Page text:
*The Great Books Program evolved out of what John Maynard Hutchins described as a “permanent studies” program based on the idea that “it is impossible to understand any subject or to comprehend the contemporary world” without understanding the ideas contained in the great books of western civilization.
Over the past few decades, however, the humanities have seen rough times.  As the demand for humanities graduates has declined, so has the central role of humanism in the curriculum.  At the same time, as the distribution system has re-asserted itself, the institution’s role of teaching the humanities has declined as institutions increasingly encourage the transfer of credits from high school and community college curricula to meet general education requirements. 
That said, institutions recently have made some interesting experiments that may point the way.  For instance, in October 2015, Tania Lombrozo wrote  about two University of California-Berkeley faculty who offer the humanities as a way to “open our eyes to the distinctive ways that people in different places and in different times, in different cultures and in different groups, have imagined what it means to be human."  Their interdisciplinary approach “is the study of the different ways that human beings have chosen or been able to live their lives as human beings.”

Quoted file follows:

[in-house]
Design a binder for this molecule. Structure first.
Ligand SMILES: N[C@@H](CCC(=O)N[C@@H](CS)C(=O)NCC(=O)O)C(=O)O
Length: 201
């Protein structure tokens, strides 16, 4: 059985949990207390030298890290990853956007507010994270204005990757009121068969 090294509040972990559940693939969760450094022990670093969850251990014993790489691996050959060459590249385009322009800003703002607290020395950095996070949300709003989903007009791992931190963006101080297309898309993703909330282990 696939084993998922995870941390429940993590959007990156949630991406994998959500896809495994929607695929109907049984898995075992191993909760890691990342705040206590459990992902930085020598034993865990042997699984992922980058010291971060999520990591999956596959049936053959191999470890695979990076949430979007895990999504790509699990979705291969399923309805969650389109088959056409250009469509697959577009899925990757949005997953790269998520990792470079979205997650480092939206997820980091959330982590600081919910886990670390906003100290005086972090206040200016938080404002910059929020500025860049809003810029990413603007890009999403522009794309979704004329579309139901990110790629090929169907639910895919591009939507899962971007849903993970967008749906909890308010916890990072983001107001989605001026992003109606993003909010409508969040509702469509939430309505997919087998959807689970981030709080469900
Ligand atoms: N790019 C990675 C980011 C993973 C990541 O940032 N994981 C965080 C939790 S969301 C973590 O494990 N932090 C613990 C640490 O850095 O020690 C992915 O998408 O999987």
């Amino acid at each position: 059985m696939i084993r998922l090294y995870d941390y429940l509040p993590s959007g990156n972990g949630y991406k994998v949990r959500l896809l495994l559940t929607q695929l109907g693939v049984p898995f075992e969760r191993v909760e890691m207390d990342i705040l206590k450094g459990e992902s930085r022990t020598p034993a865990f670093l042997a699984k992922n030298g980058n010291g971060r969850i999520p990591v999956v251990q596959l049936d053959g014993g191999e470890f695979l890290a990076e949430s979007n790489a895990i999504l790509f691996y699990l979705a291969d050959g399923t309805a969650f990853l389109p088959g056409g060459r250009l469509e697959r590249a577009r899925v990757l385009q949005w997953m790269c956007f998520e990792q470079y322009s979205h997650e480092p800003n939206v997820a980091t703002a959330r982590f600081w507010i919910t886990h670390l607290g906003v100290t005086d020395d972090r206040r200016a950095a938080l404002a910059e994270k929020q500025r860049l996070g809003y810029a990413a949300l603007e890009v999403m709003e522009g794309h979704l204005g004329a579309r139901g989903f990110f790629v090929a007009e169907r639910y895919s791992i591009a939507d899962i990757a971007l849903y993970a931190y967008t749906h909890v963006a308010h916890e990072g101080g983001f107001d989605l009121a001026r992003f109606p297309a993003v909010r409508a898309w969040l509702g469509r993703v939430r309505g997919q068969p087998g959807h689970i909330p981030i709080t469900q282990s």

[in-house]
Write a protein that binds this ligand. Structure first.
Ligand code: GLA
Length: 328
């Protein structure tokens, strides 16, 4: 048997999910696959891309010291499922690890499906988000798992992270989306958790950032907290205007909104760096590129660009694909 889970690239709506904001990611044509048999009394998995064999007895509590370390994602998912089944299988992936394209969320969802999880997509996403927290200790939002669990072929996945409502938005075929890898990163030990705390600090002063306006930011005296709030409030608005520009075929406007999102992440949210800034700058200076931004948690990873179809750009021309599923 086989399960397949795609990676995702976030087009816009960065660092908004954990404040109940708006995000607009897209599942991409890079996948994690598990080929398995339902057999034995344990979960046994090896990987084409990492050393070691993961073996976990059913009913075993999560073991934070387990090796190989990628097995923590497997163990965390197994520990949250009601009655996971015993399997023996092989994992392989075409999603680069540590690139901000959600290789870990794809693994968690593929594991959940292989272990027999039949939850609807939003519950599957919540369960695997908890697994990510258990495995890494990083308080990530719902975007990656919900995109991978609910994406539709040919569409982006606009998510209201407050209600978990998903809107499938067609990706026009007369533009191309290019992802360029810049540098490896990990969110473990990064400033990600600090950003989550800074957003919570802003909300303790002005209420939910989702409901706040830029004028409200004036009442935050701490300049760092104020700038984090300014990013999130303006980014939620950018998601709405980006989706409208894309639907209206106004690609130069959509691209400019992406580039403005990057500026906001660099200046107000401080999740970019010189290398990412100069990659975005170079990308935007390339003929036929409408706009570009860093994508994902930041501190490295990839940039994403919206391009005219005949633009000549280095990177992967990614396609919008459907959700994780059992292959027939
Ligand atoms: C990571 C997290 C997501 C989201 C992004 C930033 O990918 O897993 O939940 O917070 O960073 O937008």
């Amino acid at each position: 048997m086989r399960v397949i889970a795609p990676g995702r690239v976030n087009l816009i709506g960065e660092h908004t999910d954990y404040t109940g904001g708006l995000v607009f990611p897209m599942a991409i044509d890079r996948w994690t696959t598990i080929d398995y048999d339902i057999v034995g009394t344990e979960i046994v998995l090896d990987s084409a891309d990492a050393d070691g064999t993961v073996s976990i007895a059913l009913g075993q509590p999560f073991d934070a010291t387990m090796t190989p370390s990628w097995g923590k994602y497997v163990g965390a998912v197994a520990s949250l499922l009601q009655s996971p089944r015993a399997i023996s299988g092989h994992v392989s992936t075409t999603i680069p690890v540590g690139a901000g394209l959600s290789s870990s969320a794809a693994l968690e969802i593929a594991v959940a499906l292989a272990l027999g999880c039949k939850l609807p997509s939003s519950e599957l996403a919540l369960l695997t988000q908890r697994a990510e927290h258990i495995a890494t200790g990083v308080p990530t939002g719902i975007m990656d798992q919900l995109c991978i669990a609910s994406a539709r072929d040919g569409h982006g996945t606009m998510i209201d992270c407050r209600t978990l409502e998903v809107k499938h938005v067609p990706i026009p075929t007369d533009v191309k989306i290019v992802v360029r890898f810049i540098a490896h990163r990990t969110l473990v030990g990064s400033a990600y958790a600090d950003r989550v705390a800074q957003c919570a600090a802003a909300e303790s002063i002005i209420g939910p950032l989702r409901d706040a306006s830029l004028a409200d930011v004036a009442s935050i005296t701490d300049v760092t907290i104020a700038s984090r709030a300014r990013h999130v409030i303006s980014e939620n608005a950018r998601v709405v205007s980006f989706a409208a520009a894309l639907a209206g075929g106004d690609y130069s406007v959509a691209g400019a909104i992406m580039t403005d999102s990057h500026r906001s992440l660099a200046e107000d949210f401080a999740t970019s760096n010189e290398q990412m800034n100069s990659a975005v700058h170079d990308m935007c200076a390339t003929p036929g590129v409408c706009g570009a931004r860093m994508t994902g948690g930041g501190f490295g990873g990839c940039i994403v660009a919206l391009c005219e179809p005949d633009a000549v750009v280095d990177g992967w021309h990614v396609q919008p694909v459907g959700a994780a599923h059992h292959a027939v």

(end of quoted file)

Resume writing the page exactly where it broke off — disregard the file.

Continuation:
What, then, should be the role of the humanities in a 21st century general education curriculum?  As the Berkeley innovation suggests, the answer lies, in part at least, in an understanding that the basic role of the humanities is to help students understand how people understand what it means to be human—to live in a human community in particular times and particular places.  At the same time, we need to acknowledge that, in the global information society, the experience of ancient Greece is no longer the sole source of inspiration.  We no longer live within a culture defined by the traditions of western civilization, but in a diverse global society.  As William Irwin Thompson noted in Transforming History: A New Curriculum for a Planetary Culture (Landisfarne Books, 2009), “Humanity is now experiencing the release of heat in a phase change because our whole matrix of identity is shifting, from a culture of economic acquisitiveness and patriotic fervor to a new planetary culture in which science and spirituality are the diploid parents of a new matrix of consciousness” (p. 24).  The goal of the humanities in the general education curriculum must be to prepare students to live in a multi-cultural global society in which the actions of individuals are shaped by and connected to the community by technology.